There are all kinds of problems with this system, and there's a reason it went away. Honor societies have largely been replaced with Dignity societies, which are now being replaced with Victim societies. Etc. But it's important to understand the material considerations that made dueling a viable, and indeed arguably necessary, feature of pre- and early-modern European cultures. Such considerations gave concrete, tangible force to notions of "credit" and "quality" such that they could not be easily ignored. Unless similar considerations were to somehow emerge, I don't see any realistic path for (or, indeed, need for) dueling to reemerge as a common practice.

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I wish the Elon Musk versus Mark Zuckerberg fight would have happened. Elon challenging Mark to a fight over releasing a similar product rather than trying to look for a way to sue.

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Dec 12, 2023Liked by Kulak

interesting alongside your article on the trial of admiral Byng and royal navy.

yr last bit with the german students brings me again to George MacDonald Fraser and his flashman books. in Royal Flash (pub.1970) german face slash dueling is covered quite closely. i implore you to peruse the entire George M. Fraser for historically enlightening tidbits.

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I highly recommend the 1977 movie "The Duellists" . Directed by Ridley Scott (how could the same man have made this "Napoleon" garbage) A series of duels set in the Napoleonic era - brilliant and atmospheric.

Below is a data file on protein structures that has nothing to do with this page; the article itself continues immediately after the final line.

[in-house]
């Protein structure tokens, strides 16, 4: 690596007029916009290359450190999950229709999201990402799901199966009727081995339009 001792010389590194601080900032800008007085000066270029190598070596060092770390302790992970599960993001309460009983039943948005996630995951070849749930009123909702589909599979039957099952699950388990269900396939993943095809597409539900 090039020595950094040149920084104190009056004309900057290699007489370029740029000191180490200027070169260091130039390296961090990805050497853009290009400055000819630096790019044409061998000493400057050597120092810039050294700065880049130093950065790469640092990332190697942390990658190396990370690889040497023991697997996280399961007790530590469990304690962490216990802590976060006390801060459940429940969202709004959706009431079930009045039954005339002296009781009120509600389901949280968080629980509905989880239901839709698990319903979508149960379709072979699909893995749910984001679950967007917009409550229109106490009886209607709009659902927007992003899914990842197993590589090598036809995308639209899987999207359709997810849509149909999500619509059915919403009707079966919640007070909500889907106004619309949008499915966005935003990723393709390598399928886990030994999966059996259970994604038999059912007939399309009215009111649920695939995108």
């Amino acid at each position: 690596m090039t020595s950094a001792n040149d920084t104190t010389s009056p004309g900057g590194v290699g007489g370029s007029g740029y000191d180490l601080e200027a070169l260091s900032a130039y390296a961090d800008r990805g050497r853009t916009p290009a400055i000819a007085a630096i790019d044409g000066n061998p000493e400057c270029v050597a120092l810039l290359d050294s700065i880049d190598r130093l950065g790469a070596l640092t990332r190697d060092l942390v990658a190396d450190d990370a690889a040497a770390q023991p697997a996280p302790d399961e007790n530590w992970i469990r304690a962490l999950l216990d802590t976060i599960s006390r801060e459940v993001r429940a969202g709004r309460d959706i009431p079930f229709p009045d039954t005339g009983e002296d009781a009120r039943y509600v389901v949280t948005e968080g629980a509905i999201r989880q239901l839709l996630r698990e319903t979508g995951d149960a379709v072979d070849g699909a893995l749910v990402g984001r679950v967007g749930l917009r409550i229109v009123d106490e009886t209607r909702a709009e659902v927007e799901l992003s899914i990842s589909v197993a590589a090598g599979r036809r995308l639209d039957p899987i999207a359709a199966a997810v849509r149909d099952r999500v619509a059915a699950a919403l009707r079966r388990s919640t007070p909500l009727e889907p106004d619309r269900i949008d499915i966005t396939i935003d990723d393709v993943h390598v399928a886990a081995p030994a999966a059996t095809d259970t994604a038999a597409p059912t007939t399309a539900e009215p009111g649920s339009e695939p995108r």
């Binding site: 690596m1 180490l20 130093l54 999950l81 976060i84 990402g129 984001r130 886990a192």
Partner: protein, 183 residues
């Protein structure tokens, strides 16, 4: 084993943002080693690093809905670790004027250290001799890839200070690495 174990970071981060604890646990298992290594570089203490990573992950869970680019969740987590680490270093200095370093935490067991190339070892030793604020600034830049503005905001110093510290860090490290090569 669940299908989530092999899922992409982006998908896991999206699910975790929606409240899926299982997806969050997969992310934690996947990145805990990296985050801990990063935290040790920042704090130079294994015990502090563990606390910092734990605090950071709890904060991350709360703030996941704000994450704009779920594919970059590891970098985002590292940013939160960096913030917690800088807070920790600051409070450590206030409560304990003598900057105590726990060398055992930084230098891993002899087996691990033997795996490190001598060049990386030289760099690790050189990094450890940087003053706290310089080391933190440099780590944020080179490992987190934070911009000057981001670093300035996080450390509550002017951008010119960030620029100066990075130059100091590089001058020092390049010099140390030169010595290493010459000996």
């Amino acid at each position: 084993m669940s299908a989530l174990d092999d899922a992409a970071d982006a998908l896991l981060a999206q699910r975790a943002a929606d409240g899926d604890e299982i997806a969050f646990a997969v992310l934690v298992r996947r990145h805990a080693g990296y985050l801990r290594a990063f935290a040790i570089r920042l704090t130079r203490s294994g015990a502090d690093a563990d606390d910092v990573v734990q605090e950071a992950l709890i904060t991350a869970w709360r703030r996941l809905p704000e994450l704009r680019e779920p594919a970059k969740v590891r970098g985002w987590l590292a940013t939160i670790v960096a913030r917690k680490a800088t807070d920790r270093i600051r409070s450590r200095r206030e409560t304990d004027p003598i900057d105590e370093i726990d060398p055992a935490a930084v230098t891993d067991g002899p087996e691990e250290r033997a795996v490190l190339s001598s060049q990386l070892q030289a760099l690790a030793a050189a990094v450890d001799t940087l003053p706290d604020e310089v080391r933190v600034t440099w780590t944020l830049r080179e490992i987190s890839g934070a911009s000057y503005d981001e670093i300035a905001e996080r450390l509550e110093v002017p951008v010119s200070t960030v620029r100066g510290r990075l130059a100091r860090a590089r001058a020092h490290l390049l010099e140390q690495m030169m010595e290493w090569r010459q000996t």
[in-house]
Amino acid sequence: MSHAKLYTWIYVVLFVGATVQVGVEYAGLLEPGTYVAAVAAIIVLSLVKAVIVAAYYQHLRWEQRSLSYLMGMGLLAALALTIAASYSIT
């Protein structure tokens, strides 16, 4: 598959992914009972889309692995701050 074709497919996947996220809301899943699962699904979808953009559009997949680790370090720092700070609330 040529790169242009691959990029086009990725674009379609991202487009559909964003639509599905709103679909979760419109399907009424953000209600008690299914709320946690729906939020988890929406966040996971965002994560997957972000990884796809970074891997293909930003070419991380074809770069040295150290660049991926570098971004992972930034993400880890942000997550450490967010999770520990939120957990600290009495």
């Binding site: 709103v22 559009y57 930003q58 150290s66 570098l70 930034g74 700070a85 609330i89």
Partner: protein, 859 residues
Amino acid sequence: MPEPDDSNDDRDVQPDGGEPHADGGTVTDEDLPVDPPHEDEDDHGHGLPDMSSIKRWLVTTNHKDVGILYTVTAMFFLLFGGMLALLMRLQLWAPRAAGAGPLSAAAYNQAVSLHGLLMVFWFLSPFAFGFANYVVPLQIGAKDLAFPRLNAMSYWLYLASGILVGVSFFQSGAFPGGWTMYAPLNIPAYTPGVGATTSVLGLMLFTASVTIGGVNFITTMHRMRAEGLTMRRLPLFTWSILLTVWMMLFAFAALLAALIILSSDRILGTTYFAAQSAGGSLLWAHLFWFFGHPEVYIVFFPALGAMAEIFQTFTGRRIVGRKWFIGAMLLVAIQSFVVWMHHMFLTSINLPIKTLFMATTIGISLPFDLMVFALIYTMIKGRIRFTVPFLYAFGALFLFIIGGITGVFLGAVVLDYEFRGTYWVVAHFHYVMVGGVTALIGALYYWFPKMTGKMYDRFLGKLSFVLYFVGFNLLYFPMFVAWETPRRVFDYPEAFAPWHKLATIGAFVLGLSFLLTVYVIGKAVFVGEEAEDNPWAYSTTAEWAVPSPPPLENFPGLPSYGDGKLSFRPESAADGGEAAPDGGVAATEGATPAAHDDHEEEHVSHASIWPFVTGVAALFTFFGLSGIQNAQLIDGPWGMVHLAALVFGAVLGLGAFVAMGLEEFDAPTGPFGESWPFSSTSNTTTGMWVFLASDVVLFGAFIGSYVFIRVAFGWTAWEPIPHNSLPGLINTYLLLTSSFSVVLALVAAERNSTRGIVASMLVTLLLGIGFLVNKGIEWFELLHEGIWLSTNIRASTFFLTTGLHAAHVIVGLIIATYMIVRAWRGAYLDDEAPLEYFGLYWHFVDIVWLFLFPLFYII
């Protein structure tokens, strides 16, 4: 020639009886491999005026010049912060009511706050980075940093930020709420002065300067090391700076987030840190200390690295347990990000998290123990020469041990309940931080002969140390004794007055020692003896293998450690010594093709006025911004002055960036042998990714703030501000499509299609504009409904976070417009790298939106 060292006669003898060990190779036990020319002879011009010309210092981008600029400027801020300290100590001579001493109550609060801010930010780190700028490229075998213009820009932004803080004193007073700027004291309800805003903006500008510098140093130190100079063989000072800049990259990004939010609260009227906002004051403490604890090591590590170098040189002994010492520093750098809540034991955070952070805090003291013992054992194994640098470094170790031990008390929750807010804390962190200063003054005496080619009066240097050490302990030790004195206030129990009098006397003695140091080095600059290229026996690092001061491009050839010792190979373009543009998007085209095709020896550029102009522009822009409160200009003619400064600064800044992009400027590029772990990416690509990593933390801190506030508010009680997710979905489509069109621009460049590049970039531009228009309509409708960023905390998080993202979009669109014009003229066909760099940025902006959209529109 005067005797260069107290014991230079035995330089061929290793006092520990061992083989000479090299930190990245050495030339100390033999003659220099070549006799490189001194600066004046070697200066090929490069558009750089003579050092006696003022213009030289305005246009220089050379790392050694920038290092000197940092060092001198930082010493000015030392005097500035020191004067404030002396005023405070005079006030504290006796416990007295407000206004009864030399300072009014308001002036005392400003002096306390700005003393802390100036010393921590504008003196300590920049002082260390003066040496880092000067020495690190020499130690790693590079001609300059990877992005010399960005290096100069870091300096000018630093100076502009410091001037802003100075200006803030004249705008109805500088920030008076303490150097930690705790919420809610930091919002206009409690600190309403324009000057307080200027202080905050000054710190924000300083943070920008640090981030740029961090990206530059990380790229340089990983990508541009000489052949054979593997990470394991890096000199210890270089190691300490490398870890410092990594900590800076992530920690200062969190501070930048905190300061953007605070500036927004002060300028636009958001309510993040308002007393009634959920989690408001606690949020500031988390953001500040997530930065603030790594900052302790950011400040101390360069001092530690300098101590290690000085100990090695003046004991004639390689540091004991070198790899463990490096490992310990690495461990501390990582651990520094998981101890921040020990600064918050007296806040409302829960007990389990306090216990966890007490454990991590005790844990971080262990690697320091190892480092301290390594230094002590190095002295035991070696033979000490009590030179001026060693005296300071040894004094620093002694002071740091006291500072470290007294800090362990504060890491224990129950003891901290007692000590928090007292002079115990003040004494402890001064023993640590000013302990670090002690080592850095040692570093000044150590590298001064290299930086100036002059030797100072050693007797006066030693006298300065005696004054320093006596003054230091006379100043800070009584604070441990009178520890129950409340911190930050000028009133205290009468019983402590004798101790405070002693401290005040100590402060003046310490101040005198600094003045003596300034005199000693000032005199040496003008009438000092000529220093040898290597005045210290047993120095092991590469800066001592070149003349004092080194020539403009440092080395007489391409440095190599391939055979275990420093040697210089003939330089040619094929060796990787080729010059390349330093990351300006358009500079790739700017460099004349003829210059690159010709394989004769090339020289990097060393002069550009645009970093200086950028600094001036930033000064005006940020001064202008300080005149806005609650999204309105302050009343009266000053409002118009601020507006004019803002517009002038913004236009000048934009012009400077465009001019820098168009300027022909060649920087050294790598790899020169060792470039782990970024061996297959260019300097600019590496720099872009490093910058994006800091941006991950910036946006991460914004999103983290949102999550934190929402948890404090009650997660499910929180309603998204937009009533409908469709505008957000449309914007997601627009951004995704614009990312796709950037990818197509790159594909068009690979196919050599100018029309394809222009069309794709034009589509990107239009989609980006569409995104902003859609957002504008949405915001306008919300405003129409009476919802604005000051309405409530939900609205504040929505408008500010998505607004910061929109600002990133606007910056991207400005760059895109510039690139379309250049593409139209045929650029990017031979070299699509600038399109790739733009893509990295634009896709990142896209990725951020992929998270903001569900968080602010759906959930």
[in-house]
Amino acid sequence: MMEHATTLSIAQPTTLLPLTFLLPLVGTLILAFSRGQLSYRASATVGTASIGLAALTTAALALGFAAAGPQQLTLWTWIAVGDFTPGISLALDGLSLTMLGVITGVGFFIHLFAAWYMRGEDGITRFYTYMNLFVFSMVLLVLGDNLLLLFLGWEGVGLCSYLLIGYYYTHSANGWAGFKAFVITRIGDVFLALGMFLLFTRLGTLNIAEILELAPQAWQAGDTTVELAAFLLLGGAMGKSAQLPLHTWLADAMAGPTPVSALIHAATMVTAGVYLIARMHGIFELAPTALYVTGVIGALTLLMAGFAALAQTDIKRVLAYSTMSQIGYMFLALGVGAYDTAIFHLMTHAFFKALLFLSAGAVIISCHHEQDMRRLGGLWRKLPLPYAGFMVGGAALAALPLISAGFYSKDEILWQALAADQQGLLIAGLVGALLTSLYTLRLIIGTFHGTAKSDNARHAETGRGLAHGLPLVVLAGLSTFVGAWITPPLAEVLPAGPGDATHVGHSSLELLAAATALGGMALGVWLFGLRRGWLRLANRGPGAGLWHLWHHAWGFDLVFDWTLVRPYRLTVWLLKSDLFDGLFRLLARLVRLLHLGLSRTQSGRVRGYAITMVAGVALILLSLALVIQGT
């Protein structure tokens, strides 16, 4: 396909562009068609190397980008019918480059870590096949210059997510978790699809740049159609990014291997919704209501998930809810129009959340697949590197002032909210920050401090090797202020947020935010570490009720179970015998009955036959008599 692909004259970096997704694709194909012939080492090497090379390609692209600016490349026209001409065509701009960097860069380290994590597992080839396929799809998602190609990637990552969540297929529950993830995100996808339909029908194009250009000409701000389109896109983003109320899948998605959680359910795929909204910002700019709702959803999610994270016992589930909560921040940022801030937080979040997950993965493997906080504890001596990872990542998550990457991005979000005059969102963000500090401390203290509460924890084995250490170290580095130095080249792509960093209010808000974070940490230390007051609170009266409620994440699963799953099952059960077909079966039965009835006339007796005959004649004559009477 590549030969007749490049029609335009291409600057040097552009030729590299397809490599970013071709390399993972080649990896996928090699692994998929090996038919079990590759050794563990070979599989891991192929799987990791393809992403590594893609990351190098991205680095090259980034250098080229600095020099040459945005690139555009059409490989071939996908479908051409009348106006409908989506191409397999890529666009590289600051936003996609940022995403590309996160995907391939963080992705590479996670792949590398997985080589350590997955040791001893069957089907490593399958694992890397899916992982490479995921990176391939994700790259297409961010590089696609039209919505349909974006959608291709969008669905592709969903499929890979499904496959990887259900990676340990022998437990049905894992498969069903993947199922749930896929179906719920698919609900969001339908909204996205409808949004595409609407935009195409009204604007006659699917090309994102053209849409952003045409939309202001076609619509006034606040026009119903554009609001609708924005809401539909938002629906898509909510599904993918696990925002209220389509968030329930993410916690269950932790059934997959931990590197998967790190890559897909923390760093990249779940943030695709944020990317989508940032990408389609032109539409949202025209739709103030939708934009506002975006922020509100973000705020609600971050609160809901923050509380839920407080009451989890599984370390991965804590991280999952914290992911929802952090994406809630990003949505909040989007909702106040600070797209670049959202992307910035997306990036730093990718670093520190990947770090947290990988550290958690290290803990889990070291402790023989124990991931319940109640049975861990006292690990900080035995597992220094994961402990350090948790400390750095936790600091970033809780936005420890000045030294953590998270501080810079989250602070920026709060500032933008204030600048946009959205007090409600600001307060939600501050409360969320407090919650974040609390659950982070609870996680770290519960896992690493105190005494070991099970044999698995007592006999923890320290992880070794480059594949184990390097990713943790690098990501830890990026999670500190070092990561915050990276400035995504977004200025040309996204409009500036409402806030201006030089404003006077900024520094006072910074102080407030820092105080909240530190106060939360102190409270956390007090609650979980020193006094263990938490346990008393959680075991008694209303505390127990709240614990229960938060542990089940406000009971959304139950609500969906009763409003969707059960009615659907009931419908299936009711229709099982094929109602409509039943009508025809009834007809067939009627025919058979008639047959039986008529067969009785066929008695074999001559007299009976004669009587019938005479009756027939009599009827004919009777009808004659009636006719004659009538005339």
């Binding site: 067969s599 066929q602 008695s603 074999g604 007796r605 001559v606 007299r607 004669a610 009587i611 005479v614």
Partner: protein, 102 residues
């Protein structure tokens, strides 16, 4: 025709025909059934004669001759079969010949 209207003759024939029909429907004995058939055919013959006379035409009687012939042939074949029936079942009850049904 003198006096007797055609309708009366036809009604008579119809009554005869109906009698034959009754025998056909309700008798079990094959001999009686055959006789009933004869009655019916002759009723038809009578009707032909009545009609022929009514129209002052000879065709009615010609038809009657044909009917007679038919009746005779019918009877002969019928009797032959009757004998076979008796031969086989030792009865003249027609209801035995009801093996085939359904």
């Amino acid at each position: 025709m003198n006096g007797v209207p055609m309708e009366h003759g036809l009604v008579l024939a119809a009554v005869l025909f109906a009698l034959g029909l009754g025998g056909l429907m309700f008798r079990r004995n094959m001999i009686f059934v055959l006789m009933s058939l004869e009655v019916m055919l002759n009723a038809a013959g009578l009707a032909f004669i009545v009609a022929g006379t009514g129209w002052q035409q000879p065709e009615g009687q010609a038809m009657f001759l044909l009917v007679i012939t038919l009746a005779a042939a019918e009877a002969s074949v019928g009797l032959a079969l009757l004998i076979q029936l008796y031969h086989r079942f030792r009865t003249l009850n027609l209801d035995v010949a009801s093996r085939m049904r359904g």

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Whilst duelling is very very romantic it would surely end in warped abuses of justice. A scoundrel can, if he is good with weapons, simply do what he wants knowing that he will always win. Those who are not as proficient will have to be very careful about not offending.

I guess you could say this is good as it rewards the best fighters at the cost of the weaker ones but still it is not exactly what I think of when I try to define 'justice'.

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I am an American and somehow missed that Trudeau had actually knocked out a rival politician in a boxing match. That very slightly changes my opinion of him. He is still an anti-White Leninist dead set on the extermination of the Canadian people and their culture, but I guess you cannot call him a coward, at least.